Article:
I just checked both the USEA and FEI course design guidelines (2021 versions) and neither of them said anything abut avoiding up/down banks into water.

1 Like

Our Horse Park and Event Association has a very nice 4 way bank feature but I’ve been told by the course designer that it’s out of fashion. They haven’t used it for the past 2 yrs. A nice well built bank to add something to a flat terrain. What a shame, and why? (Someone’s a pansy and they complained?)

3 Likes

I think it’s more that these water complexes are easier to build and maintain so places are putting them in over traditional types.

I would be genuinely surprised. As far as fences on course go, banks are pretty safe and I don’t know of any reason they should be phased otu.

Is it possible that the discussion was about fences in water? That is something that has been stirring up conversation for quite a few years, but I doubt it is on its way out.

Either way, water complexes are expensive to make and designed. I was involved in building one of the better known ones in Area 1. We did the grading and site work ourselves (family contractor business) and saved the farm a lot of money, but it was still approaching the cost of an indoor by the time they were done – between all the landscaping material, timber materials, labor, and design. Revetting and/or banks are not too expensive in the theme of things since most complexes need to have a reinforced side anyway and you can make it a bank, but it’s not cheap either.

A water crossing with those types of features is really the DeLuxe; it’s much cheaper to make a puddle with fences around it versus make a five star water crossing with multiple fence and bank components.

1 Like

Could also be a case for the course designers too. Banks seem to not have many issues now since they were everywhere for so long. Now people use the jump on the edge of water or a few strides out more, because I think it catches out more riders. Soon enough we will all be able to do that though, and banks will be back hahaha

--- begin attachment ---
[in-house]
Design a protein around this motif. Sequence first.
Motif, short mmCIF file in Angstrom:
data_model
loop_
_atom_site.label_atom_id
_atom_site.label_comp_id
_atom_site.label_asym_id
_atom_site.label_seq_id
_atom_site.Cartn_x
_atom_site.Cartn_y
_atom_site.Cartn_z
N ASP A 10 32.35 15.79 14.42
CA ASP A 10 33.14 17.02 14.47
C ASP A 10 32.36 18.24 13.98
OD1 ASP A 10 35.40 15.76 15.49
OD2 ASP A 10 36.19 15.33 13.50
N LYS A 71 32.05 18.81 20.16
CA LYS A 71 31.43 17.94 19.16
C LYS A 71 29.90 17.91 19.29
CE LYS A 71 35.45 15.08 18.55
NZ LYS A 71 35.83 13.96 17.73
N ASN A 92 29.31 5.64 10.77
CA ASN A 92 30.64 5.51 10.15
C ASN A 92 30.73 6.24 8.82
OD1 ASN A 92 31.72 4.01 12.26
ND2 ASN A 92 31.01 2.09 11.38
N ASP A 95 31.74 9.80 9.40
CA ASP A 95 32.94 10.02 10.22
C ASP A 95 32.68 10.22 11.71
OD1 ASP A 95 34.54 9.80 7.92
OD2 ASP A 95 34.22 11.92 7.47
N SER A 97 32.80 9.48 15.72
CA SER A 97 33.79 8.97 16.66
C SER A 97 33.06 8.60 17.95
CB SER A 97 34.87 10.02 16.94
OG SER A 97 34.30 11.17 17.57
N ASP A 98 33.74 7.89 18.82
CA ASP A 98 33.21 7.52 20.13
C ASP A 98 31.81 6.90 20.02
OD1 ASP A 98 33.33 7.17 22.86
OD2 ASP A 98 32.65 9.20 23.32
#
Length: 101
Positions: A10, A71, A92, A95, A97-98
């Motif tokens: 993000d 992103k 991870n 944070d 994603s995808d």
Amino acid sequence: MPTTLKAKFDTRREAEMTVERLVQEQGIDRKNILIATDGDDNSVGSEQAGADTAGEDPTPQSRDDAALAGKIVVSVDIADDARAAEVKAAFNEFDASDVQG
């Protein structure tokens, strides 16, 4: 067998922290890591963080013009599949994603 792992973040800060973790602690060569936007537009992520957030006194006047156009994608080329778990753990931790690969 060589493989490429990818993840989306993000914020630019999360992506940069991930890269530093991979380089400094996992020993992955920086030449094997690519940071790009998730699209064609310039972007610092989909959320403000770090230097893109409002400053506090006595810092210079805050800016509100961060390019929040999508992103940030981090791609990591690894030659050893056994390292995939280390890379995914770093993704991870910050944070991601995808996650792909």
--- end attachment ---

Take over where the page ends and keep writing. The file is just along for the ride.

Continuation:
Down banks are far safer than up banks. The worst thing that happens is a horse stops. Up banks, on the other hand, require more of a “correct” distance. If the horse takes off too long, they may not have enough room for their hind feet to come up. I’ve seen more splats up a bank than I’d like!

Not saying at all they should be phased out. :slight_smile: Just pointing out that while riders may be intimidated by down banks, they are the safer of the two.

I think down banks are likely safer for the horse, but more dangerous for the rider. I’ve seen many riders fall off (and have been one of them on occasion) when the horse stopped abruptly at a down bank. I was jump judging when a horse stopped at an Intermediate down bank and the rider went right over his head down the drop. That was a bit scary, although luckily she was fine. Although since we’re talking about up/down banks into water, I guess falling off a down bank into the water would at least be a softer landing

2 Likes

The up banks out of water that I’ve seen recently have included a fat log or rail on the lip which I felt helped horses read the question better. At Maryland 5* Ian used a dry ditch in front of the up bank and it seemed to ride really well.

1 Like